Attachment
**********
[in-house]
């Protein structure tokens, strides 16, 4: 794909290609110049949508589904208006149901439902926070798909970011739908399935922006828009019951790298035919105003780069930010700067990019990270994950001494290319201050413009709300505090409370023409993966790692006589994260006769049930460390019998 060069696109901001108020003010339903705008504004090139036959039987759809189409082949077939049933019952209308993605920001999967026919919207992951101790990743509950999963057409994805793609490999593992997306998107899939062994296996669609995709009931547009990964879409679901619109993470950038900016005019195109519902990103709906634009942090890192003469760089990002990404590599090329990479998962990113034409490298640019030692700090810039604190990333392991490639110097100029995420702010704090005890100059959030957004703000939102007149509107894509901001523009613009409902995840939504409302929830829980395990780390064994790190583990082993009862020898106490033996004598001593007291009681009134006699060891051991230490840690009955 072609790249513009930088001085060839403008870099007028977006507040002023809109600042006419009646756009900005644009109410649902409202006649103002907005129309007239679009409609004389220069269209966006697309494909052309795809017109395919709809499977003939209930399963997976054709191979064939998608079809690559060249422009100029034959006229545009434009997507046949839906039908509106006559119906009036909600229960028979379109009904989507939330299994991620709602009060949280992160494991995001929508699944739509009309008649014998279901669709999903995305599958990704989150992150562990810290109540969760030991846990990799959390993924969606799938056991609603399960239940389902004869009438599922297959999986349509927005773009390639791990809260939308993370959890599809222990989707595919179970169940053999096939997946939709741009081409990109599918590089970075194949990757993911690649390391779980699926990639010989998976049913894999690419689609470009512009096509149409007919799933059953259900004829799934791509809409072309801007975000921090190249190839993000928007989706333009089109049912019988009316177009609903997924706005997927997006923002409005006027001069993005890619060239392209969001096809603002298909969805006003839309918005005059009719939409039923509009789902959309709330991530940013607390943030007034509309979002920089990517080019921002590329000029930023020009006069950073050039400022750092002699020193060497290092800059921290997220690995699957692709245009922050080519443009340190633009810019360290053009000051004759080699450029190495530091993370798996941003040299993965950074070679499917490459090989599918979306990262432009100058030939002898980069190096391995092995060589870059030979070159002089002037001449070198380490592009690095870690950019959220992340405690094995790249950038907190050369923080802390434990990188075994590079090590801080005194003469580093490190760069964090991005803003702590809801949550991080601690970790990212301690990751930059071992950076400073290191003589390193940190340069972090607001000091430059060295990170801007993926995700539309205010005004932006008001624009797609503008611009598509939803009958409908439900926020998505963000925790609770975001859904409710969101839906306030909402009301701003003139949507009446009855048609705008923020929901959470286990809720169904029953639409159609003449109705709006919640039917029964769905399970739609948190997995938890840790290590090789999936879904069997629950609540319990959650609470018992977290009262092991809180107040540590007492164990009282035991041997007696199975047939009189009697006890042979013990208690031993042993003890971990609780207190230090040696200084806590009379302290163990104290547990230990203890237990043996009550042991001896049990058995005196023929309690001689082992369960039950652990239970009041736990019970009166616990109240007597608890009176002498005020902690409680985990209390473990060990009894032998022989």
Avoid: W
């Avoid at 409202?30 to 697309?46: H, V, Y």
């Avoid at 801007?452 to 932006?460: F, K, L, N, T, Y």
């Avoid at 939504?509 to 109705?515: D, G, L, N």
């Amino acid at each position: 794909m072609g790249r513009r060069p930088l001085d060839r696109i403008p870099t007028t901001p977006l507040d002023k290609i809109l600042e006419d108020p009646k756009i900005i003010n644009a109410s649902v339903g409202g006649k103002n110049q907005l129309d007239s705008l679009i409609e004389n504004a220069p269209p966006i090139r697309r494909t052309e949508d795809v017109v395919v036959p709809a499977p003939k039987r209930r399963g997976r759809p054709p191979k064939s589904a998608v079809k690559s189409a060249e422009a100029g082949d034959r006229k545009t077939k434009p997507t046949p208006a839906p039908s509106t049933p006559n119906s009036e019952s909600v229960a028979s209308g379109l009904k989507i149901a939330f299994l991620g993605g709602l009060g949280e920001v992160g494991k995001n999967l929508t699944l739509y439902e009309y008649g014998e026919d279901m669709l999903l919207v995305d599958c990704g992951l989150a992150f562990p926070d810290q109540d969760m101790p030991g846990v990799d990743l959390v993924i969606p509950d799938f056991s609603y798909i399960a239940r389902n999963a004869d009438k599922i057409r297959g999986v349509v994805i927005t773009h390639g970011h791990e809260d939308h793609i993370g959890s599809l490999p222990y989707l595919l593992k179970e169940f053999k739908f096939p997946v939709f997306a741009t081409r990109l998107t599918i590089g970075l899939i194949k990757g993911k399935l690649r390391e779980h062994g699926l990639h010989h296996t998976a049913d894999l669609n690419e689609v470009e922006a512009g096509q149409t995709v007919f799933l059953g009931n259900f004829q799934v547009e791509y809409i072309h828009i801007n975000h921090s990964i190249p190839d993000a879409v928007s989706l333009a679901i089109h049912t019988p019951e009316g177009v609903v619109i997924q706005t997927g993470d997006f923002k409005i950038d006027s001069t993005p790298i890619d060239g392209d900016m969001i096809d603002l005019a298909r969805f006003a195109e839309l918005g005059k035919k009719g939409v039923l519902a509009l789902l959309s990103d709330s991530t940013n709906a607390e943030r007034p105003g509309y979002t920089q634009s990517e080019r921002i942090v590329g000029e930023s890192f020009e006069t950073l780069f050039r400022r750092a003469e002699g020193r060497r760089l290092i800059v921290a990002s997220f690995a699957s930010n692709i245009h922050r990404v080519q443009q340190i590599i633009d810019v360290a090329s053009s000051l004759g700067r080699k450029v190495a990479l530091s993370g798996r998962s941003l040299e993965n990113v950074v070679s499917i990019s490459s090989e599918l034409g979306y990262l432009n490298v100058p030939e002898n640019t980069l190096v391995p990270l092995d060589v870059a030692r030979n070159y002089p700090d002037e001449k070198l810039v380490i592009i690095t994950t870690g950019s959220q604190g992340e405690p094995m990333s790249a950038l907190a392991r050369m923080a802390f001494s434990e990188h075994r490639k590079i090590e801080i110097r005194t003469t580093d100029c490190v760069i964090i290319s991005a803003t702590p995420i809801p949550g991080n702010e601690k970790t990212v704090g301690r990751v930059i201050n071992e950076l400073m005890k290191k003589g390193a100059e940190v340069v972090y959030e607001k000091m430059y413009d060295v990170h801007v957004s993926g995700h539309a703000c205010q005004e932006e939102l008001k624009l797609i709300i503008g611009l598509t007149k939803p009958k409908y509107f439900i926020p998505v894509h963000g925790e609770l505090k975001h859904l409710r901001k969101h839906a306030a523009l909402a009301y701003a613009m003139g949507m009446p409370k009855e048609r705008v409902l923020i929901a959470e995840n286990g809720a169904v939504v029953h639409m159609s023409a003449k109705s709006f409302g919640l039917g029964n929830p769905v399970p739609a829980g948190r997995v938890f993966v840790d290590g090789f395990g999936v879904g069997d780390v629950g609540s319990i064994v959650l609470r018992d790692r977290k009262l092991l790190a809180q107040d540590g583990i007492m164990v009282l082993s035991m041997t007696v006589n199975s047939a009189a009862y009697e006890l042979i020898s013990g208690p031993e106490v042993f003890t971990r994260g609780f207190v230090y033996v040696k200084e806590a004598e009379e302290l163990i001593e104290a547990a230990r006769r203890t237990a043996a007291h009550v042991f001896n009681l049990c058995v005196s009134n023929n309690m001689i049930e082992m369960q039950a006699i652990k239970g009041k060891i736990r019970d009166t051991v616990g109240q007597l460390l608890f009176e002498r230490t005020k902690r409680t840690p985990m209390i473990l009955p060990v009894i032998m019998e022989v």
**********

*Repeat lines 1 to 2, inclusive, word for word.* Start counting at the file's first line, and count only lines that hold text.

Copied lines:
[in-house]
């Protein structure tokens, strides 16, 4: 794909290609110049949508589904208006149901439902926070798909970011739908399935922006828009019951790298035919105003780069930010700067990019990270994950001494290319201050413009709300505090409370023409993966790692006589994260006769049930460390019998 060069696109901001108020003010339903705008504004090139036959039987759809189409082949077939049933019952209308993605920001999967026919919207992951101790990743509950999963057409994805793609490999593992997306998107899939062994296996669609995709009931547009990964879409679901619109993470950038900016005019195109519902990103709906634009942090890192003469760089990002990404590599090329990479998962990113034409490298640019030692700090810039604190990333392991490639110097100029995420702010704090005890100059959030957004703000939102007149509107894509901001523009613009409902995840939504409302929830829980395990780390064994790190583990082993009862020898106490033996004598001593007291009681009134006699060891051991230490840690009955 072609790249513009930088001085060839403008870099007028977006507040002023809109600042006419009646756009900005644009109410649902409202006649103002907005129309007239679009409609004389220069269209966006697309494909052309795809017109395919709809499977003939209930399963997976054709191979064939998608079809690559060249422009100029034959006229545009434009997507046949839906039908509106006559119906009036909600229960028979379109009904989507939330299994991620709602009060949280992160494991995001929508699944739509009309008649014998279901669709999903995305599958990704989150992150562990810290109540969760030991846990990799959390993924969606799938056991609603399960239940389902004869009438599922297959999986349509927005773009390639791990809260939308993370959890599809222990989707595919179970169940053999096939997946939709741009081409990109599918590089970075194949990757993911690649390391779980699926990639010989998976049913894999690419689609470009512009096509149409007919799933059953259900004829799934791509809409072309801007975000921090190249190839993000928007989706333009089109049912019988009316177009609903997924706005997927997006923002409005006027001069993005890619060239392209969001096809603002298909969805006003839309918005005059009719939409039923509009789902959309709330991530940013607390943030007034509309979002920089990517080019921002590329000029930023020009006069950073050039400022750092002699020193060497290092800059921290997220690995699957692709245009922050080519443009340190633009810019360290053009000051004759080699450029190495530091993370798996941003040299993965950074070679499917490459090989599918979306990262432009100058030939002898980069190096391995092995060589870059030979070159002089002037001449070198380490592009690095870690950019959220992340405690094995790249950038907190050369923080802390434990990188075994590079090590801080005194003469580093490190760069964090991005803003702590809801949550991080601690970790990212301690990751930059071992950076400073290191003589390193940190340069972090607001000091430059060295990170801007993926995700539309205010005004932006008001624009797609503008611009598509939803009958409908439900926020998505963000925790609770975001859904409710969101839906306030909402009301701003003139949507009446009855048609705008923020929901959470286990809720169904029953639409159609003449109705709006919640039917029964769905399970739609948190997995938890840790290590090789999936879904069997629950609540319990959650609470018992977290009262092991809180107040540590007492164990009282035991041997007696199975047939009189009697006890042979013990208690031993042993003890971990609780207190230090040696200084806590009379302290163990104290547990230990203890237990043996009550042991001896049990058995005196023929309690001689082992369960039950652990239970009041736990019970009166616990109240007597608890009176002498005020902690409680985990209390473990060990009894032998022989």